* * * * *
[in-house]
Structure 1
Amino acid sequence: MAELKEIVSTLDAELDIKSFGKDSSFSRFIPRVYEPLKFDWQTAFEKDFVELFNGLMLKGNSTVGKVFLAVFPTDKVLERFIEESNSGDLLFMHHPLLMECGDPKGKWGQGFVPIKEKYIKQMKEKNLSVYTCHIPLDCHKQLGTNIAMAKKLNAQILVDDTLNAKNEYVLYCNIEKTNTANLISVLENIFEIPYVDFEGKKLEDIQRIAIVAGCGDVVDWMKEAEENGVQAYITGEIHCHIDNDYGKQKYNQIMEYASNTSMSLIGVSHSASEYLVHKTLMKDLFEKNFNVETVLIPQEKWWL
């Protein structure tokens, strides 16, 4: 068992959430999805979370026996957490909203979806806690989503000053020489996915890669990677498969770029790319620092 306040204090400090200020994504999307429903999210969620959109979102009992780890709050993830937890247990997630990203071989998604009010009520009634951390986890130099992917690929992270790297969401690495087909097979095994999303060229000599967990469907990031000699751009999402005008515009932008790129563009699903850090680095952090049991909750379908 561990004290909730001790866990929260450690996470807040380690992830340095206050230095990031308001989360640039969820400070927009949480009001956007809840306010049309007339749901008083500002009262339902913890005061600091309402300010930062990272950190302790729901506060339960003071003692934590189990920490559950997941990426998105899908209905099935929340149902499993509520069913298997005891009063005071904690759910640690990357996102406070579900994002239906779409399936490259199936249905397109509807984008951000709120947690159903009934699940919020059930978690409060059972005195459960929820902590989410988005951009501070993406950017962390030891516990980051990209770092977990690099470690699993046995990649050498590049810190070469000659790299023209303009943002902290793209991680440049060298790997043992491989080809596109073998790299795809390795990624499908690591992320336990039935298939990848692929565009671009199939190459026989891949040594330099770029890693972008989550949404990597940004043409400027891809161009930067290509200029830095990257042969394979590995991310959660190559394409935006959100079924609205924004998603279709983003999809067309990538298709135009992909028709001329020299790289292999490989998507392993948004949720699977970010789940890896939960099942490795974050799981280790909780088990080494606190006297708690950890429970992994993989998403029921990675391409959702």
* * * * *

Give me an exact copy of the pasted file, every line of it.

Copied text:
[in-house]
Structure 1
Amino acid sequence: MAELKEIVSTLDAELDIKSFGKDSSFSRFIPRVYEPLKFDWQTAFEKDFVELFNGLMLKGNSTVGKVFLAVFPTDKVLERFIEESNSGDLLFMHHPLLMECGDPKGKWGQGFVPIKEKYIKQMKEKNLSVYTCHIPLDCHKQLGTNIAMAKKLNAQILVDDTLNAKNEYVLYCNIEKTNTANLISVLENIFEIPYVDFEGKKLEDIQRIAIVAGCGDVVDWMKEAEENGVQAYITGEIHCHIDNDYGKQKYNQIMEYASNTSMSLIGVSHSASEYLVHKTLMKDLFEKNFNVETVLIPQEKWWL
């Protein structure tokens, strides 16, 4: 068992959430999805979370026996957490909203979806806690989503000053020489996915890669990677498969770029790319620092 306040204090400090200020994504999307429903999210969620959109979102009992780890709050993830937890247990997630990203071989998604009010009520009634951390986890130099992917690929992270790297969401690495087909097979095994999303060229000599967990469907990031000699751009999402005008515009932008790129563009699903850090680095952090049991909750379908 561990004290909730001790866990929260450690996470807040380690992830340095206050230095990031308001989360640039969820400070927009949480009001956007809840306010049309007339749901008083500002009262339902913890005061600091309402300010930062990272950190302790729901506060339960003071003692934590189990920490559950997941990426998105899908209905099935929340149902499993509520069913298997005891009063005071904690759910640690990357996102406070579900994002239906779409399936490259199936249905397109509807984008951000709120947690159903009934699940919020059930978690409060059972005195459960929820902590989410988005951009501070993406950017962390030891516990980051990209770092977990690099470690699993046995990649050498590049810190070469000659790299023209303009943002902290793209991680440049060298790997043992491989080809596109073998790299795809390795990624499908690591992320336990039935298939990848692929565009671009199939190459026989891949040594330099770029890693972008989550949404990597940004043409400027891809161009930067290509200029830095990257042969394979590995991310959660190559394409935006959100079924609205924004998603279709983003999809067309990538298709135009992909028709001329020299790289292999490989998507392993948004949720699977970010789940890896939960099942490795974050799981280790909780088990080494606190006297708690950890429970992994993989998403029921990675391409959702």